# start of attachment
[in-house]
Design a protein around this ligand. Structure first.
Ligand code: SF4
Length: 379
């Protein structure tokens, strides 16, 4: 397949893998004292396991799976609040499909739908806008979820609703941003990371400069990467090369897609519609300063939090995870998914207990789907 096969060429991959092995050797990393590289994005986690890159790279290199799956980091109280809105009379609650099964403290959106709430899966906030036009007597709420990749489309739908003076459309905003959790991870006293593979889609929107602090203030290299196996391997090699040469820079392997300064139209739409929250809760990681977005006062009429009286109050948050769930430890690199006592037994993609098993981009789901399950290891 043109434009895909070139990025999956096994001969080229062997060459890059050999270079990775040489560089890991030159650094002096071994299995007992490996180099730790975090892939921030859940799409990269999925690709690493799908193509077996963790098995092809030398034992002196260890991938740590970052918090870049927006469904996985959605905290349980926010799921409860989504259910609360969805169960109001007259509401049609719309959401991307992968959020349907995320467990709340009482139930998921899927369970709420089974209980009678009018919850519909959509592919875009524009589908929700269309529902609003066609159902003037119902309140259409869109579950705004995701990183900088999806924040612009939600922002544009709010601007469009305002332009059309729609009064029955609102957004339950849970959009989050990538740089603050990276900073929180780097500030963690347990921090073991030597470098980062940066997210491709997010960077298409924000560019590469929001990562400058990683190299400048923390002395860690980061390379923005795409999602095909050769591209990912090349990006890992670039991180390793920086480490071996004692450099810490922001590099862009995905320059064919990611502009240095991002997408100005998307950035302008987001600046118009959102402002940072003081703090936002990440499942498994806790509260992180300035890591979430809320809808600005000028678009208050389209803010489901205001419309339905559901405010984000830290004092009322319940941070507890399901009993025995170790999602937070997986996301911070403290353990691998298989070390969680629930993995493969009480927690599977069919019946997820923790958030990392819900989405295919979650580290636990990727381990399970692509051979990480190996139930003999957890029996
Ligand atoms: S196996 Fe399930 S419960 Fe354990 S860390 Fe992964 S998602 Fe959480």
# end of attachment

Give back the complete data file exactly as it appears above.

[in-house]
Design a protein around this ligand. Structure first.
Ligand code: SF4
Length: 379
């Protein structure tokens, strides 16, 4: 397949893998004292396991799976609040499909739908806008979820609703941003990371400069990467090369897609519609300063939090995870998914207990789907 096969060429991959092995050797990393590289994005986690890159790279290199799956980091109280809105009379609650099964403290959106709430899966906030036009007597709420990749489309739908003076459309905003959790991870006293593979889609929107602090203030290299196996391997090699040469820079392997300064139209739409929250809760990681977005006062009429009286109050948050769930430890690199006592037994993609098993981009789901399950290891 043109434009895909070139990025999956096994001969080229062997060459890059050999270079990775040489560089890991030159650094002096071994299995007992490996180099730790975090892939921030859940799409990269999925690709690493799908193509077996963790098995092809030398034992002196260890991938740590970052918090870049927006469904996985959605905290349980926010799921409860989504259910609360969805169960109001007259509401049609719309959401991307992968959020349907995320467990709340009482139930998921899927369970709420089974209980009678009018919850519909959509592919875009524009589908929700269309529902609003066609159902003037119902309140259409869109579950705004995701990183900088999806924040612009939600922002544009709010601007469009305002332009059309729609009064029955609102957004339950849970959009989050990538740089603050990276900073929180780097500030963690347990921090073991030597470098980062940066997210491709997010960077298409924000560019590469929001990562400058990683190299400048923390002395860690980061390379923005795409999602095909050769591209990912090349990006890992670039991180390793920086480490071996004692450099810490922001590099862009995905320059064919990611502009240095991002997408100005998307950035302008987001600046118009959102402002940072003081703090936002990440499942498994806790509260992180300035890591979430809320809808600005000028678009208050389209803010489901205001419309339905559901405010984000830290004092009322319940941070507890399901009993025995170790999602937070997986996301911070403290353990691998298989070390969680629930993995493969009480927690599977069919019946997820923790958030990392819900989405295919979650580290636990990727381990399970692509051979990480190996139930003999957890029996
Ligand atoms: S196996 Fe399930 S419960 Fe354990 S860390 Fe992964 S998602 Fe959480």